We draw attention to how, in the name of protecting the confidentiality of personal data, national statistical agencies have limited public access to spatial data on COVID-19. We also draw attention to large disparities in the way that access has been limited. In doing so, we distinguish between absolute confidentiality in which the probability of detection is 1, relative confidentiality where this probability is less than 1, and collective confidentiality, which refers to the probability of detection of at least one person. In spatial data, the probability of personal detection is less than 1, and the probability of collective detection varies directly with this probability and COVID-19 morbidity. Statistical agencies have been concerned with relative and collective confidentiality, which they implement using the techniques of truncation, where spatial data are not made public for zones with small populations, and censoring, where exact data are not made public for zones where morbidity is small.

Granular spatial data are essential for epidemiological research into COVID-19. We argue that in their reluctance to make these data available to the public, data security officers (DSO) have unreasonably prioritized data protection over freedom of information. We also argue that by attaching importance to relative and collective confidentiality, they have over-indulged in data truncation and censoring. We highlight the need for legislation concerning relative and collective confidentiality, and regulation of DSO practices regarding data truncation and censoring.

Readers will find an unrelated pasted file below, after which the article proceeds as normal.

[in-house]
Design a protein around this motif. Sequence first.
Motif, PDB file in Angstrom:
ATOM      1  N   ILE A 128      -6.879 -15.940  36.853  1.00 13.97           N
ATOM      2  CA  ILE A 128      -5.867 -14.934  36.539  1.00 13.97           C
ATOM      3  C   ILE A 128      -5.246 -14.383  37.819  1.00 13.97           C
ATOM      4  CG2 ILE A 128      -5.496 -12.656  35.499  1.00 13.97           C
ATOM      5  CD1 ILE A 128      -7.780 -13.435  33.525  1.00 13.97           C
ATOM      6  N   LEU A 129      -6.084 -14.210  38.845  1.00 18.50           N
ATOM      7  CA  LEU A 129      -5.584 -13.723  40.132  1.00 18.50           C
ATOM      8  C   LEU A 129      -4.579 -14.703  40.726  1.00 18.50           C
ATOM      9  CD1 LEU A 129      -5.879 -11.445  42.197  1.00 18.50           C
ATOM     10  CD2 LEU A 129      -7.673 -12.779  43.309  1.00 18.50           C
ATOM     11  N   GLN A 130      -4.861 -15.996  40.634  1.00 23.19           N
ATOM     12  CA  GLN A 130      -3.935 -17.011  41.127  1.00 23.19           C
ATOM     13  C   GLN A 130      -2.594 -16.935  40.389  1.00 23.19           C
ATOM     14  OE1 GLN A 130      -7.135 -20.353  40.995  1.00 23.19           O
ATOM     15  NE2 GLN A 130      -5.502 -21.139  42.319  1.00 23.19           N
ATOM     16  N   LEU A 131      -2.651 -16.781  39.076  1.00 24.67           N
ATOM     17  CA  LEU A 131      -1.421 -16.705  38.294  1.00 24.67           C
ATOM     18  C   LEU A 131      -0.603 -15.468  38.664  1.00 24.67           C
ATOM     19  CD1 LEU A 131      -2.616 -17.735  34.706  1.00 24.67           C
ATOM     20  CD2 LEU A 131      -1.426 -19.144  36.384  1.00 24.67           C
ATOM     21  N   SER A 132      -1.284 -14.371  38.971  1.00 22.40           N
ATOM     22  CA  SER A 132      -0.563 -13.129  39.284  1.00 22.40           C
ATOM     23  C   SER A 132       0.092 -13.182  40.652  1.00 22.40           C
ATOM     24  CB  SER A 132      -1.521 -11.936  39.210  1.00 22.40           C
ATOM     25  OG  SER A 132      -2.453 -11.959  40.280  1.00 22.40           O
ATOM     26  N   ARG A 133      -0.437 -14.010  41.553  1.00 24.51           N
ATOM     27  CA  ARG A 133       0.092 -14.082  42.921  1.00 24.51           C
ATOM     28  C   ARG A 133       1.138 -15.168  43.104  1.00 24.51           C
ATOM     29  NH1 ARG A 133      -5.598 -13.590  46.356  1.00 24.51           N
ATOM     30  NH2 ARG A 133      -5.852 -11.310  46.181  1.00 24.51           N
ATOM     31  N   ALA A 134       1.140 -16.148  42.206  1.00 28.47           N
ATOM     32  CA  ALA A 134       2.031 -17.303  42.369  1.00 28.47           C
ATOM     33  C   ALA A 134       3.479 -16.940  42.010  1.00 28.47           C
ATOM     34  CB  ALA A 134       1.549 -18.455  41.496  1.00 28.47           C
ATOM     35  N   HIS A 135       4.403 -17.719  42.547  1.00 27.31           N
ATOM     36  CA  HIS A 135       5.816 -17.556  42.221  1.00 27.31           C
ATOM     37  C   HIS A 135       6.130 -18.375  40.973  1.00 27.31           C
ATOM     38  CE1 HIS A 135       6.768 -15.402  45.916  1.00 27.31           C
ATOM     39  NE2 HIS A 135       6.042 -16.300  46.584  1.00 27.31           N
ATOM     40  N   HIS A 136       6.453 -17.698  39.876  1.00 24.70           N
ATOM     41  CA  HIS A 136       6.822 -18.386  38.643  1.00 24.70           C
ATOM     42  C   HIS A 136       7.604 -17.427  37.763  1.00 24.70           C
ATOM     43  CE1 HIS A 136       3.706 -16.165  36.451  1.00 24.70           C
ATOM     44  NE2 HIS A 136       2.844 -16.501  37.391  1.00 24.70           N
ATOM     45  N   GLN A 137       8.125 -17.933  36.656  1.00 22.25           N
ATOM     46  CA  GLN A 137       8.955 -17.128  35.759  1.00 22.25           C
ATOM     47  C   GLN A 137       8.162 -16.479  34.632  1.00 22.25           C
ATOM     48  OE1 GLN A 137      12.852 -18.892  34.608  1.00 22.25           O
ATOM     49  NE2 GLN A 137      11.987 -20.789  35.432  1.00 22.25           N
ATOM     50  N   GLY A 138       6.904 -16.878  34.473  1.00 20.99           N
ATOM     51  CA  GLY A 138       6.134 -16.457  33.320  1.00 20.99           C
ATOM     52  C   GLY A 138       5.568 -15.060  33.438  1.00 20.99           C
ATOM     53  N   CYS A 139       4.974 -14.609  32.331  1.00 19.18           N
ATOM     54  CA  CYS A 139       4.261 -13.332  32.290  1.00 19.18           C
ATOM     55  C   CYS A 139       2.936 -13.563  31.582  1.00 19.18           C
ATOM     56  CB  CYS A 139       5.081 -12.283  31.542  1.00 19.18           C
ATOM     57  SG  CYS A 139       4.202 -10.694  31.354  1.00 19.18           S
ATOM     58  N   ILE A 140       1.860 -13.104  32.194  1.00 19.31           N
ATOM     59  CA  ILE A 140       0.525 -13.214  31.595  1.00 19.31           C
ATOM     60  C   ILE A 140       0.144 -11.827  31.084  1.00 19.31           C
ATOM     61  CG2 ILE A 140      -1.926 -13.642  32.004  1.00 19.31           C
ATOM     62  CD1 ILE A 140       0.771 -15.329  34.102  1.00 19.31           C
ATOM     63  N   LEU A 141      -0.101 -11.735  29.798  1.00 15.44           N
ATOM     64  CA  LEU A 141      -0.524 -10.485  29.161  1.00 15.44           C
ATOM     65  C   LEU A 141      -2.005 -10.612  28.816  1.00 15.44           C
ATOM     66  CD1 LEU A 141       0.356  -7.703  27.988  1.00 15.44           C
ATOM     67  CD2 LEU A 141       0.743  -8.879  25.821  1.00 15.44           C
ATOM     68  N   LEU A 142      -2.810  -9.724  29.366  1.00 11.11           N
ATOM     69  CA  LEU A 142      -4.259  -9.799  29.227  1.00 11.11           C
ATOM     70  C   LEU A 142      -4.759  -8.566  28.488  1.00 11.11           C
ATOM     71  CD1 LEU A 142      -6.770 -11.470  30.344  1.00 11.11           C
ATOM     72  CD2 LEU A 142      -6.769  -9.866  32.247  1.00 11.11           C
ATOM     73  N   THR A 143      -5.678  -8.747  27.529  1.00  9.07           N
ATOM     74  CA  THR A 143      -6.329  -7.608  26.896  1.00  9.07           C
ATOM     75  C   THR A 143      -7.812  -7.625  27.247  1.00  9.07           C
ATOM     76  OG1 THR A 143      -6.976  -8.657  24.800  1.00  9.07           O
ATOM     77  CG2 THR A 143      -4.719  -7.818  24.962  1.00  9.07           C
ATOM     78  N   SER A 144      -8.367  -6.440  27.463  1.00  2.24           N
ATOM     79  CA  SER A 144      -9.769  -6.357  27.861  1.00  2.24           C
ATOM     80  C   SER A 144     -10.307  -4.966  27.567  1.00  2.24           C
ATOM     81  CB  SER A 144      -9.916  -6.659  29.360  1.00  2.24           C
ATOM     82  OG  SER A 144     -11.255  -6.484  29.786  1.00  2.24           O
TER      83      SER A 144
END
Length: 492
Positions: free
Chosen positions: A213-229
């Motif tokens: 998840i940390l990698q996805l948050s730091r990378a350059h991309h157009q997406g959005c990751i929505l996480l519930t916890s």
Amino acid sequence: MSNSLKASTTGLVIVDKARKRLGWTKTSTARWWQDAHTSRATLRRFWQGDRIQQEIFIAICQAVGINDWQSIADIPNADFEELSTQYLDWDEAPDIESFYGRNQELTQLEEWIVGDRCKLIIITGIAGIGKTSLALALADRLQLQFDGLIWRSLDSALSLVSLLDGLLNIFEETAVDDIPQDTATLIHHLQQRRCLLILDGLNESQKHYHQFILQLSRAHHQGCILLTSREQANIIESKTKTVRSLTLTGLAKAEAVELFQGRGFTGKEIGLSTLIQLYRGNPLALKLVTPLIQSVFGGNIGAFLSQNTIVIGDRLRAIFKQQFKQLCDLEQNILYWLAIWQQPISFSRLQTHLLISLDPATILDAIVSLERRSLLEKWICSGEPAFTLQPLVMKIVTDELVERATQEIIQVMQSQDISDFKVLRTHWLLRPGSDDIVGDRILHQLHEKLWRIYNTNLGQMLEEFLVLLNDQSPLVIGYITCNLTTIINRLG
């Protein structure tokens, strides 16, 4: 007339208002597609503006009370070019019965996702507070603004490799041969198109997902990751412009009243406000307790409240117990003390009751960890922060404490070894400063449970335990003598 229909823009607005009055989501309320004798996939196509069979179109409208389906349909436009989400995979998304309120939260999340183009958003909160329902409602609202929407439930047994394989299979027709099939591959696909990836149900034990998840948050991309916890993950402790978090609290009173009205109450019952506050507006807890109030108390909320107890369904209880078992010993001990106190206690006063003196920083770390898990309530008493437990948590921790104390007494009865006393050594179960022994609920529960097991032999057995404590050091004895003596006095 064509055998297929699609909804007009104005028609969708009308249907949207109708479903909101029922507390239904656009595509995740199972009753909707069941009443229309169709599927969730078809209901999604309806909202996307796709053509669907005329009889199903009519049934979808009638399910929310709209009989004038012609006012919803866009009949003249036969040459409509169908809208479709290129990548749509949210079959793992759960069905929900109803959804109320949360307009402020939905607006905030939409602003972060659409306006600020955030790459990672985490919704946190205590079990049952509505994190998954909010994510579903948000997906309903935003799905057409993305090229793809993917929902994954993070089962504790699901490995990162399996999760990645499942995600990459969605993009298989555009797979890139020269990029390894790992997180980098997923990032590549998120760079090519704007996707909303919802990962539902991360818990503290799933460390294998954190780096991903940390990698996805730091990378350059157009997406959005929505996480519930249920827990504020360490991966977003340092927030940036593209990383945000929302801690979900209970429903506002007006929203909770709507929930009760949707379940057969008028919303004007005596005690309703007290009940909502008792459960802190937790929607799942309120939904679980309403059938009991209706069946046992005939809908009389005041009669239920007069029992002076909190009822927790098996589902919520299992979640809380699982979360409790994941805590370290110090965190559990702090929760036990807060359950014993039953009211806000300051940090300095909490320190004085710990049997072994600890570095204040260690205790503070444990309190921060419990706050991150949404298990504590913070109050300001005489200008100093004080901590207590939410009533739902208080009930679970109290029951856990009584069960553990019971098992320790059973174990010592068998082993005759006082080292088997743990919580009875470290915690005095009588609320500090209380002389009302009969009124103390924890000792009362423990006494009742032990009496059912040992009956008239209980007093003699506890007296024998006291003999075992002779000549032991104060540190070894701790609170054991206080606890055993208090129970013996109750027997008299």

Mots clés

  • Spatial COVID-19 data
  • relative confidentiality
  • collective confidentiality
  • data censoring
  • data truncation
Accès libre

Response Burden and Data Quality in Business Surveys

Publié en ligne: 26 Dec 2021
Pages: 811 - 836

Résumé

Abstract

Response burden has long been a concern for data producers. In this article, we investigate the relationship between some measures of actual and perceived burden and we provide empirical evidence of their association with data quality. We draw on two business surveys conducted by Banca d’Italia since 1970, which provide a very rich and unique source of information. We find evidence that the perceived burden is affected by actual burden but the latter is not the only driver. Our results also show a clear link between a respondent’s perceived effort and the probability of not answering some important questions (such as those relating to expectations of future investments and turnover) or of dropping out of the survey. On the contrary, we do not find significant effects on the quality of answers to quantitative questions such as business turnover and investments. Overall, these findings have implications for data producers that should target the perceived burden, besides the actual burden, to increase data quality.